Louisiana Purchase State Park
|Location:||Phillips, Lee, and Monroe counties|
Louisiana Purchase State Park conserves a rare headwater swamp, located on Little Cypress Creek, and a granite monument standing in the swamp’s interior. The monument marks the “initial point” established during an original survey of lands added to the United States as a result of the Louisiana Purchase. The monument was listed on the National Register of Historic Places on February 23, 1972, and on April 19, 1993, the National Park Service designated the point a National Historic Landmark.
The Louisiana Purchase of 1803 more than doubled the size of the United States and brought all the territory that would become Arkansas under U.S. ownership. In 1815, President James Madison ordered a survey to establish a system for distributing land to veterans of the War of 1812. On November 10, 1815, a party led by Prospect K. Robbins surveying a north-south line to be known as the fifth principal meridian crossed an east-west baseline that had been surveyed by a party led by Joseph C. Brown. The crossing of those lines became the “initial point” from which subsequent surveys of Louisiana Purchase lands originated. Robbins’s party marked two trees about eighteen inches in diameter as witness trees to delineate the crossing.
While re-surveying the boundary between Lee and Phillips counties in 1921, surveyors Tom Jacks and Eldridge P. Douglas of Helena (Phillips County) discovered the witness trees. The L’Anguille Chapter of the National Society of the Daughters of the American Revolution in Marianna (Lee County) placed a monument on the site, dedicating it in ceremonies held on October 27, 1926.
The state legislature authorized a state park on the site by Act 174 of 1961. Initial park development was accomplished with the aid of local citizens groups through the Green Thumb Program. In April 1977, the Arkansas Natural Heritage Commission added the swamp to the state Registry of Natural Areas and supplied funds for purchasing the park site. The Arkansas Department of Parks and Tourism granted the commission a conservation easement on the site, thus providing additional legal protection for its natural and historical features. Further development of park facilities was begun in 1977 and completed in 1980. A 950-foot boardwalk was constructed from the swamp’s edge to the monument; in June 1981, it was designated a National Recreation Trail by the U.S. Interior Department. Informational panels about the Louisiana Purchase, the survey, and the swamp were placed along its path. In anticipation of the Louisiana Purchase bicentennial in 2003, renovations were made to the boardwalk, signage, and entrance landscaping.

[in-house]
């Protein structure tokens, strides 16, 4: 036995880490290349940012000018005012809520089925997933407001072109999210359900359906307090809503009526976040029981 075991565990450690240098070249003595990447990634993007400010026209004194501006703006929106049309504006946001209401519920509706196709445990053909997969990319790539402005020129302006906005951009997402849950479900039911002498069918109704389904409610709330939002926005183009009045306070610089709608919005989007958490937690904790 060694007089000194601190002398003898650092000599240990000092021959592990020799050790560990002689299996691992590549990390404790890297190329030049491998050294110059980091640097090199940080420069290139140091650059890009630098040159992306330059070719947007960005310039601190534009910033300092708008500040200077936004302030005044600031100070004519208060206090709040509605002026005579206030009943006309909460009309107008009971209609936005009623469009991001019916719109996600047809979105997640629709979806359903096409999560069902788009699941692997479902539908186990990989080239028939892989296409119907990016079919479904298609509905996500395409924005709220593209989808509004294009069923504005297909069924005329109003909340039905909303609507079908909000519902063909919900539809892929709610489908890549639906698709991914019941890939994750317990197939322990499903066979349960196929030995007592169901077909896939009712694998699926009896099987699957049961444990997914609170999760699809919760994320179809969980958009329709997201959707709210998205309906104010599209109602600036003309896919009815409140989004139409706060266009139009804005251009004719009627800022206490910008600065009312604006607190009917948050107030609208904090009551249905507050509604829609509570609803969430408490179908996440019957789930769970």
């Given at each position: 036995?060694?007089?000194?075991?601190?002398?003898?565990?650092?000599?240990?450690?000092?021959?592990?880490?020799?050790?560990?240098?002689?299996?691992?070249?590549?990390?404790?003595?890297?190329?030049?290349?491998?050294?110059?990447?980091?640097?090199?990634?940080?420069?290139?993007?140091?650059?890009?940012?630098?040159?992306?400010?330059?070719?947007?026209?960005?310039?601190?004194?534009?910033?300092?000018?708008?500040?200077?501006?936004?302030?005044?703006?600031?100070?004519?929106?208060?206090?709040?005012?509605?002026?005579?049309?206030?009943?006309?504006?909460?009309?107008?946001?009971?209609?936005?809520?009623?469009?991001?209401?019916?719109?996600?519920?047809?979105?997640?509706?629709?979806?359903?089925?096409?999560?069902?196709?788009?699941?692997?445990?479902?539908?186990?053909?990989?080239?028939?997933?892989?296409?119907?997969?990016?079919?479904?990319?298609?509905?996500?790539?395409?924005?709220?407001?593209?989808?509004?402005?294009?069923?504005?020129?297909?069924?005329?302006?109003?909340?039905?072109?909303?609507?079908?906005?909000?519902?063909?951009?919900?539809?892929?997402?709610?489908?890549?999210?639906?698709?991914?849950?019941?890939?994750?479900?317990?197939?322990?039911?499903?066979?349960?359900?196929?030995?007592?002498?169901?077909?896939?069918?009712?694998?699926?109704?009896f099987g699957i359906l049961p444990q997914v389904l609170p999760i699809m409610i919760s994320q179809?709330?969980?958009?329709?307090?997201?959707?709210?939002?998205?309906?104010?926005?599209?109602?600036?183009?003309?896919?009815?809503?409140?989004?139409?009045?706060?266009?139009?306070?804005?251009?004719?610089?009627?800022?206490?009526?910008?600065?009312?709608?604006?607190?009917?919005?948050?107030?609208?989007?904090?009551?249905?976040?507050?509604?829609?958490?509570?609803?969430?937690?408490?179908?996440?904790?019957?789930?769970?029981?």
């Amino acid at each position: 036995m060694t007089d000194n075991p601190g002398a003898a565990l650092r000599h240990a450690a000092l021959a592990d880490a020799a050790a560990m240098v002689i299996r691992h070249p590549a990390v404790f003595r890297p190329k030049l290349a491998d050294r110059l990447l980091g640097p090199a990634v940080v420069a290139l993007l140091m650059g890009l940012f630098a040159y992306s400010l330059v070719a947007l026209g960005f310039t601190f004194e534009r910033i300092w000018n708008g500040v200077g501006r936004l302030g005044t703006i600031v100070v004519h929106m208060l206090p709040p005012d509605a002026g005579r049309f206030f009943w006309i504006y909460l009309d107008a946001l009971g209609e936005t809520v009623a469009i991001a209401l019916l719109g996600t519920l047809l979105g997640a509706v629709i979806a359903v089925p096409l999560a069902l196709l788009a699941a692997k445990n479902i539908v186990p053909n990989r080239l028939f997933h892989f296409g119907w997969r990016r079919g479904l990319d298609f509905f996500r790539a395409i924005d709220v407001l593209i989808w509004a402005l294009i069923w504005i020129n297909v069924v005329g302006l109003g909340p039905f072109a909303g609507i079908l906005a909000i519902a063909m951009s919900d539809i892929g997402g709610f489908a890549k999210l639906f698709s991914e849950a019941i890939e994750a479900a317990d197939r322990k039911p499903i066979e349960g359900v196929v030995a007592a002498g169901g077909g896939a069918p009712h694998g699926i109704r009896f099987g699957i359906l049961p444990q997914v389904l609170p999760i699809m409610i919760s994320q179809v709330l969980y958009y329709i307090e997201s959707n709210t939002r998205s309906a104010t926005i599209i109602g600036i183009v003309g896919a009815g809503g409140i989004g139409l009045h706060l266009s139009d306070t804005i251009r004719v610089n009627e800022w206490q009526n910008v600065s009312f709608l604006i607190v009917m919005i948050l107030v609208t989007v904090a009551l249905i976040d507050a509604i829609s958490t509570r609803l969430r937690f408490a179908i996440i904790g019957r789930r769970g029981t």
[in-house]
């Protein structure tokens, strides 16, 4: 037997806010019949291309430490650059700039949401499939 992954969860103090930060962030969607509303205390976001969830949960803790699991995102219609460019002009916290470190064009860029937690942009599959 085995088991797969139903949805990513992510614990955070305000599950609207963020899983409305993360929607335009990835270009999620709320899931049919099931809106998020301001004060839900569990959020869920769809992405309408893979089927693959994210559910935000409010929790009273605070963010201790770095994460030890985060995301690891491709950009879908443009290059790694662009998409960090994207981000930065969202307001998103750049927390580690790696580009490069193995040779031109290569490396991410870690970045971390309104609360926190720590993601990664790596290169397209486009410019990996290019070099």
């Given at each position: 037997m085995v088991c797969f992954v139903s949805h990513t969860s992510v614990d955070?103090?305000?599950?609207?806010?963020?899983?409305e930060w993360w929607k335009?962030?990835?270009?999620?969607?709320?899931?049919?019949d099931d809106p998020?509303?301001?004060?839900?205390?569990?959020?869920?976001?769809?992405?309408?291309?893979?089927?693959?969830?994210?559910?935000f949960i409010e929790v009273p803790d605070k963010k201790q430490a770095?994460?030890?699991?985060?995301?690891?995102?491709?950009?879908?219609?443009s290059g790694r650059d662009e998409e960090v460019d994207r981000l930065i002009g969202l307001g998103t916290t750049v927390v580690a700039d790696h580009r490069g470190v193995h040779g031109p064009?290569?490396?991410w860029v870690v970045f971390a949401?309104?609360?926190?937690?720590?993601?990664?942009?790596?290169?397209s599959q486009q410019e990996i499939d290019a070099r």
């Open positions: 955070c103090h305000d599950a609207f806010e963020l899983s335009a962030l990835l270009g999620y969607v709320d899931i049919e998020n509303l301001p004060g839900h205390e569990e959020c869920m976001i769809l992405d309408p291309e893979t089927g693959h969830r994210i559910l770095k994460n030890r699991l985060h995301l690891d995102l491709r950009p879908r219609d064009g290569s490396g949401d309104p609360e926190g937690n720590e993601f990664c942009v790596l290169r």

The park’s complex plant community includes species normally associated with swamps, such as swamp tupelo, bald cypress, black willow, and buttonbush, in proximity with upland species such as sweet gum, mulberry, Nuttall oak, and sassafras. Many bird species—such as the prothonotory warbler, the belted kingfisher, the pileated woodpecker, and the barred owl—can be observed in the surrounding swamp area.
The park lies at the end of Arkansas 362, two miles east of U.S. 49, about nineteen miles southeast of Brinkley (Monroe County), and approximately thirty miles northwest of Helena. It has no camping facilities or on-site staff. In 2003, an Arkansas State Parks construction crew made improvements to the boardwalk, which was built in the late 1970s. Panels relate the story of the Louisiana Purchase, the survey, and the swamp. In April 2021, the park reopened after renovations that included raising the granite monument and setting a new base, so that it would no longer be submerged in water occasionally, as well as installing a vault restroom facility.
For additional information:
Louisiana Purchase State Park. https://www.arkansasstateparks.com/parks/louisiana-purchase-state-park (accessed August 31, 2023).
“Louisiana Purchase Survey Marker.” National Register of Historic Places nomination form. On file at Arkansas Historic Preservation Program, Little Rock, Arkansas. Online at https://www.arkansasheritage.com/arkansas-historic-preservation-program (accessed August 31, 2023).
Schnedler, Jack. “Louisiana Purchase Survey Site Is History in a Swamp.” Arkansas Democrat-Gazette, September 8, 2020, p. 1D. Online at https://www.nwaonline.com/news/2020/sep/08/louisiana-purchase-survey-site-is-history-in-a/ (accessed August 31, 2023).
Staff of the Arkansas Department of Parks and Tourism
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